The initial version of the novel score test we have developed is computationally efficient enough for genome wide analysis, but its statistical properties need to be more fully evaluated. Among the results from 2 analysis models, that is, the AR model and LG model, we found the 10 SNPs within the GWAS suggestive P value level, and among those 10, the most significant top 3 SNPs agreed in rank in both analysis models. The similar results from both models provide more confidence on the results. The general SEM framework in strum is very useful to model and test for the association with massive genotype data and complex systems of multiple phenotypes with general pedigree data.



This work was supported by the National Institutes of Health grant [R01HL096811-01]. We thank the reviewers for their insightful and helpful comments.


This article has been published as part of BMC Proceedings Volume 10 Supplement 7, 2016: Genetic Analysis Workshop 19: Sequence, Blood Pressure and Expression Data. Summary articles. The full contents of the supplement are available online at Publication of the proceedings of Genetic Analysis Workshop 19 was supported by National Institutes of Health grant R01 GM031575.

Authors’ contributions

YES designed study, wrote the manuscript, and performed the analysis. NJM and CMS oversaw the project and revised the manuscript. All authors read and approved the final manuscript.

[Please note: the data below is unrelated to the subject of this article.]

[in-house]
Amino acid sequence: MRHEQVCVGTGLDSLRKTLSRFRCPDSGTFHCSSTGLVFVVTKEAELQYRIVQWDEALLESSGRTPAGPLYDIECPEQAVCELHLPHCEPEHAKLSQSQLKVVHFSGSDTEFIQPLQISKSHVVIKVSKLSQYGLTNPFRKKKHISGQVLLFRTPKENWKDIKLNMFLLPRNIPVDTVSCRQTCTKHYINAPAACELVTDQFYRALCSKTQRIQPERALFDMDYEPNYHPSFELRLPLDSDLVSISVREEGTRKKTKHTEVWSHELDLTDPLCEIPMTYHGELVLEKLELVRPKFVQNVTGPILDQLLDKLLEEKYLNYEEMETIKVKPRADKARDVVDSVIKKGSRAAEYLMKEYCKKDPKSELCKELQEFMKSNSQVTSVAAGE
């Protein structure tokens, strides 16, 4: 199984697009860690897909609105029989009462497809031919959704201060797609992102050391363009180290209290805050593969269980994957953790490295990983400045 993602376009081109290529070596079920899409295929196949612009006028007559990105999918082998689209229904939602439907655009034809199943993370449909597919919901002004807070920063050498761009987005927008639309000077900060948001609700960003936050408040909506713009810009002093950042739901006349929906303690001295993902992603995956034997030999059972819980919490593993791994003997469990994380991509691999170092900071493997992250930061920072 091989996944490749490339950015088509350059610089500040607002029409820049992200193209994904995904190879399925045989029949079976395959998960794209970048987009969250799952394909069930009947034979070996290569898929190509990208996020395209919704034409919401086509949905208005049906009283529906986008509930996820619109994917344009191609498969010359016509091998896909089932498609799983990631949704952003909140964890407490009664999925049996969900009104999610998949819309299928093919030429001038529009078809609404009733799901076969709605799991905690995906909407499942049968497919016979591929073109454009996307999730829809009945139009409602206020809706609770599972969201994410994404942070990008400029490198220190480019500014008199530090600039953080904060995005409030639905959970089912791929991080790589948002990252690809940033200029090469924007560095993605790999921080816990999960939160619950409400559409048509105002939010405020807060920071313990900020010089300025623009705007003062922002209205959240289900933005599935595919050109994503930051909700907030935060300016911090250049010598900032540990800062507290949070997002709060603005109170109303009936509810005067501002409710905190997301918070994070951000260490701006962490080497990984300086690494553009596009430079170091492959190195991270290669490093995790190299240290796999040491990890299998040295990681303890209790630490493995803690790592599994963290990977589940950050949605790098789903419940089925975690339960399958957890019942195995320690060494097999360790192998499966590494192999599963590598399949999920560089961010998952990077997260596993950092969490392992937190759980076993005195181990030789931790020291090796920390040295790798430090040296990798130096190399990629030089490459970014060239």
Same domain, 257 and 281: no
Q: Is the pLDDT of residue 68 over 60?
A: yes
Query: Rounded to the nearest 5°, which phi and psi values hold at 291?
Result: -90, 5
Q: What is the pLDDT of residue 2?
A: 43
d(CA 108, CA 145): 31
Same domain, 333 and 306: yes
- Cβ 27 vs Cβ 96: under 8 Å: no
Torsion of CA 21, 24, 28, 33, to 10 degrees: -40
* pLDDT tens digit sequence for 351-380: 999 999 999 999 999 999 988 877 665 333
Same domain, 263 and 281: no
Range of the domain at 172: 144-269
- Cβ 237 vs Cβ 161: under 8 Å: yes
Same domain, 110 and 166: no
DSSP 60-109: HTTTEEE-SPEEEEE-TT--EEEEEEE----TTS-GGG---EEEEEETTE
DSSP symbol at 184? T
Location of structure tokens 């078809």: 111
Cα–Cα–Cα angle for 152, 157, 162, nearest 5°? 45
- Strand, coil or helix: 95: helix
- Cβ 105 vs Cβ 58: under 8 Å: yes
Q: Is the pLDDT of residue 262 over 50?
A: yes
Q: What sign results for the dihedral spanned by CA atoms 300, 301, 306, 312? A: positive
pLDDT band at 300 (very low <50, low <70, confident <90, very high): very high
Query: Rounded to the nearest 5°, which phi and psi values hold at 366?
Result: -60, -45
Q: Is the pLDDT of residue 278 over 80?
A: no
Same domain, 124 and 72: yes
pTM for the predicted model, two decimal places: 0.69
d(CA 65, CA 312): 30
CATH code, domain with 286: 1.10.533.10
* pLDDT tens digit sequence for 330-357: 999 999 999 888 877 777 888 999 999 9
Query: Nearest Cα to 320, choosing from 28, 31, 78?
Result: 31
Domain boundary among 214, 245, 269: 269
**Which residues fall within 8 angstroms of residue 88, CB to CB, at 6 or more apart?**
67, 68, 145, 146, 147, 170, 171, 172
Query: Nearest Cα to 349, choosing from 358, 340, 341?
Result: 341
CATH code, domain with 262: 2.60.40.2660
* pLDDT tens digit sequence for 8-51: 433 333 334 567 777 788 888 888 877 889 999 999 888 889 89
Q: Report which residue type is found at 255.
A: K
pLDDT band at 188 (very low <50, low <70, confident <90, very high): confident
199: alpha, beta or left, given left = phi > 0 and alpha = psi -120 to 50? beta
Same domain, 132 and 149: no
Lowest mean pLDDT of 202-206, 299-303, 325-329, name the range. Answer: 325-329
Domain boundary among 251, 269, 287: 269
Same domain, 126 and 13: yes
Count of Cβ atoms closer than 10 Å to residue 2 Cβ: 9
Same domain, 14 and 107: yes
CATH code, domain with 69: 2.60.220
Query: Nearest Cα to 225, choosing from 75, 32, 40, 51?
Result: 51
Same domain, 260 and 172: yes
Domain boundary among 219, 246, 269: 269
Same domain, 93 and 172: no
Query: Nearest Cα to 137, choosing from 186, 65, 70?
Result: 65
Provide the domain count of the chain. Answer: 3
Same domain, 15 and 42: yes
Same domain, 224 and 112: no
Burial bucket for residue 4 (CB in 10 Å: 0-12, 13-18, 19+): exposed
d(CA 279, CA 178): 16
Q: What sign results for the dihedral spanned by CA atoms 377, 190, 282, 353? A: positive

Competing interests

The authors declare that they have no competing interests.


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Copyright information

© The Author(s). 2016

Open AccessThis article is distributed under the terms of the Creative Commons Attribution 4.0 International License (, which permits unrestricted use, distribution, and reproduction in any medium, provided you give appropriate credit to the original author(s) and the source, provide a link to the Creative Commons license, and indicate if changes were made. The Creative Commons Public Domain Dedication waiver ( applies to the data made available in this article, unless otherwise stated.

Authors and Affiliations

  • Yeunjoo E. Song
    • 1
  • Nathan J. Morris
    • 1
    • 2
  • Catherine M. Stein
    • 1
    • 3
  1. 1.Department of Epidemiology and BiostatisticsCase Western Reserve UniversityClevelandUSA
  2. 2.Center for Clinical InvestigationCase Western Reserve UniversityClevelandUSA
  3. 3.Center for Proteomics and BioinformaticsCase Western Reserve UniversityClevelandUSA